"No, I'd change about 70% of the mixes . . . put on one song that was different. I wasn't, y'know, overly annoyed ,with the album, but I was far from being elated by it. I thought it had to be compromised on account of time, an' we got kicked out of our regular studio (Tom's basement), and stuck in a real studio which put us on a money budget. . ."

ImageIt's an interesting method of recording in this day and age of closed circuit playback, 24, 32, 48, 64! track recordings, and so forth; the relaxation of recording at one's own pace in familiar surroundings is a luxury only the top (read that as $$$) bands can afford. This, I believe becomes important when a band reaches the road. Think of it like this: there are two separate and distinct halves to a band--the band that records, and the band that tours. lt is in the studio that the various band members learn about each ebony porn other, discover when someone's liable to change key and tempo and why, in short, become an integral part of their little enclosed machine. In the days of old, when bands were generally in the studio together, the magic flowed. Too often today, a band member comes to a session only to find out that he's just going to play his part to an already recorded backtrack. There's no flow, just tape hiss. When a band like this gets on the road, it takes a while to sort out who's doing what, when, where, and why; two weeks of strict rehearsals right before a tour isn't a valid substitute.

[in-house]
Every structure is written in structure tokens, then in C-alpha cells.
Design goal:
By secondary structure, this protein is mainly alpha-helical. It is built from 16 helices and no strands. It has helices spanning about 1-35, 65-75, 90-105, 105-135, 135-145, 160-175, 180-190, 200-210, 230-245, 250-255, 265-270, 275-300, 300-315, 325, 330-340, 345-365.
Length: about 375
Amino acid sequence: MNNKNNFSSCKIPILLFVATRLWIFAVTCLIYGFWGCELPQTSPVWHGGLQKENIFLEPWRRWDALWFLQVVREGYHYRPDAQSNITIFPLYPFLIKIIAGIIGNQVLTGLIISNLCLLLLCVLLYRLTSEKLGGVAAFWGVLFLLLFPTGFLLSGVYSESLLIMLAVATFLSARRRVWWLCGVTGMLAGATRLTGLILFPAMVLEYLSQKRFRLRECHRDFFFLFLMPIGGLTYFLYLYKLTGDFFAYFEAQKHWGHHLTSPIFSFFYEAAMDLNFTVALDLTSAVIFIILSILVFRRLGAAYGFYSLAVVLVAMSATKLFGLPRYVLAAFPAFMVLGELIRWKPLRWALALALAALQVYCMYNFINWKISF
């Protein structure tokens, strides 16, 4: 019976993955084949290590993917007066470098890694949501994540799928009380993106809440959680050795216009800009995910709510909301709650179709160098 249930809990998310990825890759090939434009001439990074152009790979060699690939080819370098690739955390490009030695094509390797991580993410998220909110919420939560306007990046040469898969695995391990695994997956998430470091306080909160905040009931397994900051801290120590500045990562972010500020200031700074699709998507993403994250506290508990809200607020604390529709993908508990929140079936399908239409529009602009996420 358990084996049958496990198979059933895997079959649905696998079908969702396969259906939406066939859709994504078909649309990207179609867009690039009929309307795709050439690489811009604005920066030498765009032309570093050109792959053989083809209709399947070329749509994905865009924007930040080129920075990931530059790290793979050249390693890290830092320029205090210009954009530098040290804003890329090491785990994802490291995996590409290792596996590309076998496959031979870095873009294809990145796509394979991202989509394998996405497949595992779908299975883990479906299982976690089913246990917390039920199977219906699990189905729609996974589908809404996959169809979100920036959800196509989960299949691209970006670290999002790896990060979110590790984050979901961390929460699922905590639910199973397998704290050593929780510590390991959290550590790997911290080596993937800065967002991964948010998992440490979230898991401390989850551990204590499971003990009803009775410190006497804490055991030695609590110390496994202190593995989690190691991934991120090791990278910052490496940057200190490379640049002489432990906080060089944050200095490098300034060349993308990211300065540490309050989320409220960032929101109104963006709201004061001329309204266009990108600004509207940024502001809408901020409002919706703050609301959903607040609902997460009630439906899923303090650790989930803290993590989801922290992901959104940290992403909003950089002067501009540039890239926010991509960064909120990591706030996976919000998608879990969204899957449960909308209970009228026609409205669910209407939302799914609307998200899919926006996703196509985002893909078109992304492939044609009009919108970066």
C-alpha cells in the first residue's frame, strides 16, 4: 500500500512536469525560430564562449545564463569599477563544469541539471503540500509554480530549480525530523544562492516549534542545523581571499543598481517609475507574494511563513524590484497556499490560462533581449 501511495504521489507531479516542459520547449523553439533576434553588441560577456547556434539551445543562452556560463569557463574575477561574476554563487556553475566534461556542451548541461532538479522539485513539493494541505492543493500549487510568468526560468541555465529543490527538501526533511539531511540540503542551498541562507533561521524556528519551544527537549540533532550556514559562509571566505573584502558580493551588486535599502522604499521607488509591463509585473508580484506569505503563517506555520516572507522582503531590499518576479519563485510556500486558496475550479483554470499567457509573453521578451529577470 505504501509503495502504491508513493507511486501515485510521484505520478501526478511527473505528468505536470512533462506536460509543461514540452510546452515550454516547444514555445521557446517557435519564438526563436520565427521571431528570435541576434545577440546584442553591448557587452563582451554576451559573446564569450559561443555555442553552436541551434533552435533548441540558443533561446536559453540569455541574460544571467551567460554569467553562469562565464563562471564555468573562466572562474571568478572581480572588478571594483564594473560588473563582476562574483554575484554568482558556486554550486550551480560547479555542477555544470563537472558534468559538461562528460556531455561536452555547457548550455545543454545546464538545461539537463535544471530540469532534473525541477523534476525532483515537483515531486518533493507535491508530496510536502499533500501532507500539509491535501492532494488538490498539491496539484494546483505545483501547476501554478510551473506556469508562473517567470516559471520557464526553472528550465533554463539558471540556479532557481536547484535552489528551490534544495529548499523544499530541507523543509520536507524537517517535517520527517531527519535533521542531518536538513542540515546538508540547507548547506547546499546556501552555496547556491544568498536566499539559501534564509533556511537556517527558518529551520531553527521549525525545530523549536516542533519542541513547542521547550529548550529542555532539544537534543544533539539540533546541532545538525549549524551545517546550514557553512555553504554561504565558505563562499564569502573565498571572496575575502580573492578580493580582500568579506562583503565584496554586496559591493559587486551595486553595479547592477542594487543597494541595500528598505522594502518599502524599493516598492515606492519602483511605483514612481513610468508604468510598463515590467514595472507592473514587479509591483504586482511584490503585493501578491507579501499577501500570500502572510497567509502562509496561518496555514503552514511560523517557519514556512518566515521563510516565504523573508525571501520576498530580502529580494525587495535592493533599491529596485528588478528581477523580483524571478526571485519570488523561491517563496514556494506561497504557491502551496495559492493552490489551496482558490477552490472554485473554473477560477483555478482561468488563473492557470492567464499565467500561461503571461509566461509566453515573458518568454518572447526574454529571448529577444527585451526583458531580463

For Boston, Tom Scholz's basement became both a studio and college, wherein the guys learned what they were putting on tape while working it out together in the studio. This cohesiveness would prove a valuable asset when the tour arrived. They were ready, mentally with each other, and more than ready musically. The early date shakiness was due, of course, to a collective wariness of playing a bunch of basement tapes to thousands of fans/consumers/music lovers, all of a sudden.

When things happen as quickly as they have with Boston, it becomes difficult to keep hold of some self-reference point. Toffler refers to this as a form of 'future shock" wherein a person's environment can and will be both suddenly and consistently yanked out from under him; sanity, Toffler believes, belongs to those who will be able to cope with sudden and drastic change. Boston is perhaps a good test tube for those theories; in the space of some fifteen months overall, Tom Scholz, Brad Delp, Barry Goudreau, Fran Sheehan and Sib Hashian have gone from not being able to scrape up beer money among themselves after a practice to a double-platinum album, national and international fame, and a blurred ride through time. Maintaining one's own personal center of self is necessary in rock if one is to survive.

Survival doesn't seem to be a concern for this band though; as with everything else, Boston's success has been taken in stride. The final word here rests with Brad: "Everything's changed so much in the last five months, and it's just so ridiculous, that I know I haven't changed in the last five months, so what's the sense of thinking anyone else in the band has? The only difference is that a lot more people know us, an' that's nice."